7) Make the Delay Time Automated
Delay is a common effect used by engineers to add a sense of space. My own preference has always been to match the delay time to the song’s tempo. Typically, I use a sixteenth note, eighth note, quarter note, and half note delay in my experiments. It’s fine sometimes to play with dotted versions of these notes.
I used to set my delay and keep it on for the duration of the track and never contemplated doing anything else. Then I discovered that altering the delay time in the song is a great way to separate each segment and add emphasis at various points.
Try a longer echo during the chorus if you used a short slap pause during the verse. It has the potential to really open things up. Try a dotted 8th note in the bridge if you use a simple 8th note delay for the rest of the record. This is a subtle but powerful way to change up the groove.
8) Automate the Amplitude of Spatial Effects
Both reverb and delay can be difficult to dial in at the right volume. Instead of setting them to a single volume, I suggest automating their volume for each section of the track.
Ducking the vocal effects so that the amplitude of the spatial effects is low during a vocal phrase and then louder as soon as the phrase is done will sound amazing. This stops the effects from overpowering the vocals while also adding to the sense of space.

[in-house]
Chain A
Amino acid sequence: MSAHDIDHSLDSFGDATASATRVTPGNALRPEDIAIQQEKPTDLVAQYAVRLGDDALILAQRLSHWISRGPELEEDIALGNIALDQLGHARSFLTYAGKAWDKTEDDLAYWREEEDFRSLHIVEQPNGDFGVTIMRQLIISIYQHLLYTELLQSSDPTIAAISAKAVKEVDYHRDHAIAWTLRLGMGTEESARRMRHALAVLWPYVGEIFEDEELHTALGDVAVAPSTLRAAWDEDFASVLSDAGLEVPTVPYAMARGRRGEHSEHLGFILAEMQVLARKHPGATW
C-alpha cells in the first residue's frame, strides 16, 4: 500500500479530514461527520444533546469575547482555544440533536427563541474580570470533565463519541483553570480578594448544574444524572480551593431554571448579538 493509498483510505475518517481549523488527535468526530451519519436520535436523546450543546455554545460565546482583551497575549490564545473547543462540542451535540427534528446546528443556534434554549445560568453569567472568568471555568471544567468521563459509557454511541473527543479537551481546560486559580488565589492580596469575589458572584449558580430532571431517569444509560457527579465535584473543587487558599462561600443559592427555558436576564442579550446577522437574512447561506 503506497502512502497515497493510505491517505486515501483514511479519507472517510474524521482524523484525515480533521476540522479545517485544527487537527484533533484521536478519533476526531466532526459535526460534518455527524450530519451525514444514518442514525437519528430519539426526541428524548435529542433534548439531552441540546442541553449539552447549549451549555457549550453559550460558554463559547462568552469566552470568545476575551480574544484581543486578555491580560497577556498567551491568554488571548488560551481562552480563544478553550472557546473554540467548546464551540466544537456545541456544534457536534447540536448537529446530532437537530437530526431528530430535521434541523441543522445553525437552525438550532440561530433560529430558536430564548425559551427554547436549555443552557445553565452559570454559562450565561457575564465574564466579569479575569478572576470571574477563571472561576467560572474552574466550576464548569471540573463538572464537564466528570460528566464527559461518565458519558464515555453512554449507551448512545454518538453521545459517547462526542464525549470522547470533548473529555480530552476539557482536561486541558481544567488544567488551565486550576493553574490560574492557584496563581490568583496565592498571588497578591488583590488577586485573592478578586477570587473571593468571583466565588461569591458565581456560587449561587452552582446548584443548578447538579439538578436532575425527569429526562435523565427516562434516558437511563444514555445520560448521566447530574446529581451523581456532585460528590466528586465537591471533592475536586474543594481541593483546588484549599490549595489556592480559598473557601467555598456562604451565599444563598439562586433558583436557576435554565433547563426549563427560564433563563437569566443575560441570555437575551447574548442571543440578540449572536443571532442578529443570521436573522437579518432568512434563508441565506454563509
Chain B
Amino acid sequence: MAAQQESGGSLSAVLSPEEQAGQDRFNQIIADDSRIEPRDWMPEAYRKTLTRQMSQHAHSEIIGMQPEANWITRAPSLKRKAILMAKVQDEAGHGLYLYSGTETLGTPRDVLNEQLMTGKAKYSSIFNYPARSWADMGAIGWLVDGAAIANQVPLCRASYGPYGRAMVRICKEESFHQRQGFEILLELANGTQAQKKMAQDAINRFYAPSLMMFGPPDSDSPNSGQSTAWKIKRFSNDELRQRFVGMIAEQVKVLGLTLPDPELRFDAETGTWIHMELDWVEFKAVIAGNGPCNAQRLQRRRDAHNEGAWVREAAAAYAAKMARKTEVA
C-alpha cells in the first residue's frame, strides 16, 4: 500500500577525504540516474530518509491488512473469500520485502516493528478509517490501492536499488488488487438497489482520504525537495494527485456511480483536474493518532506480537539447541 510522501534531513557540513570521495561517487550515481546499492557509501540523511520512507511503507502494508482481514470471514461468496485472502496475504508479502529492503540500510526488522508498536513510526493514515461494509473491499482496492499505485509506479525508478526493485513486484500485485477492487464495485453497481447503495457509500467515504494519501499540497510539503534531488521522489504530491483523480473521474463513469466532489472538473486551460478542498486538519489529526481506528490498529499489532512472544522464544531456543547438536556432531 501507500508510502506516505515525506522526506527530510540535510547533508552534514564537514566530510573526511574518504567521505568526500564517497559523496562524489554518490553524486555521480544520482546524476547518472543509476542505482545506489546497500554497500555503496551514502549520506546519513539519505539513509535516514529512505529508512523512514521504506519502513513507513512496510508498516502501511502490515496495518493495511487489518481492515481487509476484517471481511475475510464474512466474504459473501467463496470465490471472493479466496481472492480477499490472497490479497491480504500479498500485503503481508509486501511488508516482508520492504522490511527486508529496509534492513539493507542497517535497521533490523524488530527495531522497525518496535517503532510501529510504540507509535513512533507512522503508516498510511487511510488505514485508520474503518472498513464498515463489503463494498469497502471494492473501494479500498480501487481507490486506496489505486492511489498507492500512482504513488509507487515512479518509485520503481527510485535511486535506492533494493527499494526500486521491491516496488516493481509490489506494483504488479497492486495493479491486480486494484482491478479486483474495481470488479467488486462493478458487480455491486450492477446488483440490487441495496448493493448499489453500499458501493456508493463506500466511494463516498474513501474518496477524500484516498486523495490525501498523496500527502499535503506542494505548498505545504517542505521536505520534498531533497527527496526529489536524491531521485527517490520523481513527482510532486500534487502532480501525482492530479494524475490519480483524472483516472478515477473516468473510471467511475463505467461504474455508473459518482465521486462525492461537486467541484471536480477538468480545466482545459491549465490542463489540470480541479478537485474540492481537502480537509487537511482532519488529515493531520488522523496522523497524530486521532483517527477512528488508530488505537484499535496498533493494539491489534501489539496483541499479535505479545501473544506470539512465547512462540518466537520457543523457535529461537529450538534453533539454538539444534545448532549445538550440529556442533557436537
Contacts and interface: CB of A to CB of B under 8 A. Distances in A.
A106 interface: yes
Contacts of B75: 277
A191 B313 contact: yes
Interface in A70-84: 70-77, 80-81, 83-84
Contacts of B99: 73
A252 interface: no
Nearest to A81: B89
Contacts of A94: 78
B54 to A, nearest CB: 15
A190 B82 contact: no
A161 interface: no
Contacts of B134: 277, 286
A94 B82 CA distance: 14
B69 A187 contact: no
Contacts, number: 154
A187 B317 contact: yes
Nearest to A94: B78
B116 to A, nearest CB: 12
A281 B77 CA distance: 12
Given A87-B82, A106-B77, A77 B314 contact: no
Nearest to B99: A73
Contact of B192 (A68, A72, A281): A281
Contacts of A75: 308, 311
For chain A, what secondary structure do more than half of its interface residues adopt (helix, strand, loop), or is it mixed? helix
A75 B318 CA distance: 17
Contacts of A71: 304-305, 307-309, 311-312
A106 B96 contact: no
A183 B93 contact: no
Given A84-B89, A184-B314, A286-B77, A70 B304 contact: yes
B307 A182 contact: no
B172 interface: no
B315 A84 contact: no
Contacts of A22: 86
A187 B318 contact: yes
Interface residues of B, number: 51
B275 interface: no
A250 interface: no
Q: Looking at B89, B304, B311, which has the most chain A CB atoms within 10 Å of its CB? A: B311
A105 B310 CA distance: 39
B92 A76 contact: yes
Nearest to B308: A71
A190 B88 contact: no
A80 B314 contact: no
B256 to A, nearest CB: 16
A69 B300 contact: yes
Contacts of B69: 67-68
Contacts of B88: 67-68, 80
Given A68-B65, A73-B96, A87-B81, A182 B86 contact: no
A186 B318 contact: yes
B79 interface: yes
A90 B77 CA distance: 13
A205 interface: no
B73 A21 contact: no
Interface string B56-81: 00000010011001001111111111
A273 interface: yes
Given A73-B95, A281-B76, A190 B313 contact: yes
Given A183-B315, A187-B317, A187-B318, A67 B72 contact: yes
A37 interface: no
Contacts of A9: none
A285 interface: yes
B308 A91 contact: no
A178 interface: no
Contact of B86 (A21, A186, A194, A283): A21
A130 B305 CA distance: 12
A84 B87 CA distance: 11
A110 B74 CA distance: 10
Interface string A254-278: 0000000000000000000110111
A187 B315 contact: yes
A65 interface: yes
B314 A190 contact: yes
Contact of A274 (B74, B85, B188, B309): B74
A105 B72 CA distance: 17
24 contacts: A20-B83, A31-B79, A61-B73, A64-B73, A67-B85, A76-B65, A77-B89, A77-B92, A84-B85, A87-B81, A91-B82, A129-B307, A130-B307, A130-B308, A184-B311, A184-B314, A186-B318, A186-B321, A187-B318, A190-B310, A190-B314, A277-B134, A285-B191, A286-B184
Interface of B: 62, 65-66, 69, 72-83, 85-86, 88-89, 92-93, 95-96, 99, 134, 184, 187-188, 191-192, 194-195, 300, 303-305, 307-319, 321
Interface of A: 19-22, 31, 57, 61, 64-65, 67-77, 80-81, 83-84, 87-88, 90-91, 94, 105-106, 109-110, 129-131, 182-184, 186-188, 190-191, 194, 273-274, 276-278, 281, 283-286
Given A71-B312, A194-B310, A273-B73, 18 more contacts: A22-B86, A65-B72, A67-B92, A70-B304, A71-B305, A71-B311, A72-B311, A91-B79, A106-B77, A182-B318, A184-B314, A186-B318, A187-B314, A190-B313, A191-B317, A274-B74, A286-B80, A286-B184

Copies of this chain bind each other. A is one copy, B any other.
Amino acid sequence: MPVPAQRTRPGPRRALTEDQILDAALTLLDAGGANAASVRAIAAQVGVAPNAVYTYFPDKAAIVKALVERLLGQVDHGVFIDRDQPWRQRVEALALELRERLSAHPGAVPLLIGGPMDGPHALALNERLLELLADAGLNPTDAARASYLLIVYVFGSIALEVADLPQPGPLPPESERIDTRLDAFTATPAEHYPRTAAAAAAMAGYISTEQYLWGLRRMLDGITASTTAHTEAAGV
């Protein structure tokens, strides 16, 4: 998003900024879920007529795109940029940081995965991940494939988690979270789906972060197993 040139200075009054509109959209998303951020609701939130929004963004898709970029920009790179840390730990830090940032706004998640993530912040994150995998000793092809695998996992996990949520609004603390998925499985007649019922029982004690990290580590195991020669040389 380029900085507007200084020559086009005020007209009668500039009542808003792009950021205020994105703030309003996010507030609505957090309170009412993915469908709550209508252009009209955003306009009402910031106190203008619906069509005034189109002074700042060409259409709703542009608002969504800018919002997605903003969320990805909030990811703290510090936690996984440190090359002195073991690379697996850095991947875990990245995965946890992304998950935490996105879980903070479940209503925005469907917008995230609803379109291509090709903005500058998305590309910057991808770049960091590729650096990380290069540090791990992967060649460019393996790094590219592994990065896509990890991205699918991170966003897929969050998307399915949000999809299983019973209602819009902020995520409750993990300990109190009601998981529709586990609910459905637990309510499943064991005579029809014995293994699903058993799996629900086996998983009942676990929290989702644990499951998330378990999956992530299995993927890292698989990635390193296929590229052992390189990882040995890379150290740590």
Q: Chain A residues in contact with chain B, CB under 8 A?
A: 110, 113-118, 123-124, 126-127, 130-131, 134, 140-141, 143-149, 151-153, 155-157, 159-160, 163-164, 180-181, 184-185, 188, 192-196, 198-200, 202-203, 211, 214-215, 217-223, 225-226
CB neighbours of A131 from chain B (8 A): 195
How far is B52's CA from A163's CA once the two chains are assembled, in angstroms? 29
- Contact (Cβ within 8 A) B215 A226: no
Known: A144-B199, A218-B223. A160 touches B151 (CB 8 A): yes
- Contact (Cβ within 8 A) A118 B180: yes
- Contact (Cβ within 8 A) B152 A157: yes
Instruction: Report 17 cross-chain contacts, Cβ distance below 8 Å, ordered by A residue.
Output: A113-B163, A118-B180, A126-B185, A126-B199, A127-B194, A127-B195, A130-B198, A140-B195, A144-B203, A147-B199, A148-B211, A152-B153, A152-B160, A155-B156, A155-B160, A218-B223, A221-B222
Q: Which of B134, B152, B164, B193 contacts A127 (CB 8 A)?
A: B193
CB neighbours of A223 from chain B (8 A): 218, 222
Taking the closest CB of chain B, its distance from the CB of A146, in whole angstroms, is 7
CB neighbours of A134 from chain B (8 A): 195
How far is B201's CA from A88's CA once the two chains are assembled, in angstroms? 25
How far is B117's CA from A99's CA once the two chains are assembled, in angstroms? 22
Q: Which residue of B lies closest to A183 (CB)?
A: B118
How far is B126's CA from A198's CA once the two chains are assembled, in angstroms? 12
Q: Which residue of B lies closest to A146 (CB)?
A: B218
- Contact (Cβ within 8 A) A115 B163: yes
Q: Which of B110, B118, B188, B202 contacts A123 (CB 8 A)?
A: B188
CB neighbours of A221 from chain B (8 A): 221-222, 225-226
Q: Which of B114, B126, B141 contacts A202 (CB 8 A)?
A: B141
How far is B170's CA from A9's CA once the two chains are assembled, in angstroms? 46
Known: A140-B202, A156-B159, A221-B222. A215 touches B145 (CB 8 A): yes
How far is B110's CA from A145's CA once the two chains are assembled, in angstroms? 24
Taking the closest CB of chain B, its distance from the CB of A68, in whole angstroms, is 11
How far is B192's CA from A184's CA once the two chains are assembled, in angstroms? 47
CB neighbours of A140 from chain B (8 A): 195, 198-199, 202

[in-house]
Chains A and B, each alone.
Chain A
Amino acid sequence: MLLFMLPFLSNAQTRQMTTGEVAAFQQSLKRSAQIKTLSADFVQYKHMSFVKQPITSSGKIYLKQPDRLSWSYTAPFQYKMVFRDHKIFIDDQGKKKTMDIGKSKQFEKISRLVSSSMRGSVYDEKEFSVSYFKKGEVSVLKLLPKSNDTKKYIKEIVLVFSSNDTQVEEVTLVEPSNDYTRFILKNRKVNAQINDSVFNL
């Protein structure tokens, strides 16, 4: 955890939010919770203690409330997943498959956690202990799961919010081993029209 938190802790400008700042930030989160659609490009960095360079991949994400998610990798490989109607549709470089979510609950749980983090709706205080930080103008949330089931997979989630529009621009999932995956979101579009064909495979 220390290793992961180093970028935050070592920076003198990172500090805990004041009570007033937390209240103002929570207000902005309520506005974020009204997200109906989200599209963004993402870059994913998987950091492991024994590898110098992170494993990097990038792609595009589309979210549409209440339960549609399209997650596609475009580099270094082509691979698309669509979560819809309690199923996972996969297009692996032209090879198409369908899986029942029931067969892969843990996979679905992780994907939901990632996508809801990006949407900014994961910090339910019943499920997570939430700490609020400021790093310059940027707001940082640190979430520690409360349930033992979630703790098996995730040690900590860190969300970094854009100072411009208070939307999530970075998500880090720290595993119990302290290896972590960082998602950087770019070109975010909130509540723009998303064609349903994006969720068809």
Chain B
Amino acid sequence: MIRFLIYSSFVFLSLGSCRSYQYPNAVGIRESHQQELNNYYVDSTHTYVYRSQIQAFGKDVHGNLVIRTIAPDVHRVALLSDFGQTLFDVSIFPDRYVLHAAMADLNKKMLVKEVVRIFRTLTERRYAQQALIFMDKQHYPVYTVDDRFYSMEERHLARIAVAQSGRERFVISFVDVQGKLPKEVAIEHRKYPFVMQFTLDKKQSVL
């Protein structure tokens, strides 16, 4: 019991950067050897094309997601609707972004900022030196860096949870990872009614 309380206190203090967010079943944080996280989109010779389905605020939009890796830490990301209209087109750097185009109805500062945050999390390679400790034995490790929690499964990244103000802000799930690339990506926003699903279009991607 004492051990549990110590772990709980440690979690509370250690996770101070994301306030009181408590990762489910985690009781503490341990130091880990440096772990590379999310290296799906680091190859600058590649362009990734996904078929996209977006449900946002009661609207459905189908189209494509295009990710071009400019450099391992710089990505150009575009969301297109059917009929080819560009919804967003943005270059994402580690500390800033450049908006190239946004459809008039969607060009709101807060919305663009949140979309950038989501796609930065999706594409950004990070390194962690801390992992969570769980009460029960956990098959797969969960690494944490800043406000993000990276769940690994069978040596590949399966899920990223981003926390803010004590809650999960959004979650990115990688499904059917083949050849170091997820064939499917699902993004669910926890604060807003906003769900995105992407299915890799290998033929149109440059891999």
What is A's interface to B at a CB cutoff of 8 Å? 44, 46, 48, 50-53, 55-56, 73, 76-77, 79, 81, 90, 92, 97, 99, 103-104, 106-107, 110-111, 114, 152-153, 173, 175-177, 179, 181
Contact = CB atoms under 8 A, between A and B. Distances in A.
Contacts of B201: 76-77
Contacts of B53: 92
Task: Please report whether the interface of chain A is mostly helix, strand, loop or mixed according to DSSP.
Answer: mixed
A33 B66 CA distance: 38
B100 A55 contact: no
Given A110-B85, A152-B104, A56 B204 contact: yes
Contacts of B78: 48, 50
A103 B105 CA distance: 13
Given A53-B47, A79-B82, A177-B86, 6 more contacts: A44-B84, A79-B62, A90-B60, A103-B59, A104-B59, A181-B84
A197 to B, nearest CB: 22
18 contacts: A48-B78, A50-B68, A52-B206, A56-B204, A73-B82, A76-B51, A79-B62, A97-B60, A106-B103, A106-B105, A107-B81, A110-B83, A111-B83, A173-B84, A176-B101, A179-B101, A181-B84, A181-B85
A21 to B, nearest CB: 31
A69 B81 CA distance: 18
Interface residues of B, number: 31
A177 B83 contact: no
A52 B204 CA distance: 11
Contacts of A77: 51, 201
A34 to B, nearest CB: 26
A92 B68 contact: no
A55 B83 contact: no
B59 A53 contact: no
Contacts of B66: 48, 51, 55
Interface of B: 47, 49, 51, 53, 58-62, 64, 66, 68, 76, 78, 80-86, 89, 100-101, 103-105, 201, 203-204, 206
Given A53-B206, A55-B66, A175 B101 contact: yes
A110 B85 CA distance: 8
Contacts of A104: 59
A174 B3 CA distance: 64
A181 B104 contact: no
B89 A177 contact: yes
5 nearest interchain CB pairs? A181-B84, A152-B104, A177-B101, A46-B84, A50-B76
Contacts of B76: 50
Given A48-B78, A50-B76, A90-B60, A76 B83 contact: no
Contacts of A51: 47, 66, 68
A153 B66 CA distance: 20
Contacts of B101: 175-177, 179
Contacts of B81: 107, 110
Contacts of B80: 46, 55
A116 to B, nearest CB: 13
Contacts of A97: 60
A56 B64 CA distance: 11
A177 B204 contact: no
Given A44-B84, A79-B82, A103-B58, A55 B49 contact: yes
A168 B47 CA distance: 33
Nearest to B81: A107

I often like to increase delay while decreasing reverb during some parts of the song. When the song switches to a new segment, I reduce the delay and increase the reverb. It’s yet another minor adjustment that adds up to a polished mix.
9) Mid-side EQ
This is the trick that I want to use the most. I use a mid-side EQ here, where I don’t change the mids and just change the sides.
I raise about 2 kHz, 5 kHz, and 8 kHz by +1 dB on the sides only during the chorus of a mix. This raises the level of excitement and draws the listener’s attention to the entire stereo area. During the chorus, it gives the feeling that the mix is extra big.
It’s easy to overdo this trick, so use it sparingly.
Hopefully, this has given you some inspiration for your own mixes. Nothing is more frustrating than being stuck in a rut of doing the same thing over and over.
The most important thing is to think beyond the box. You may use a variety of other little tricks at the end of a combination. What are some of your personal favorites?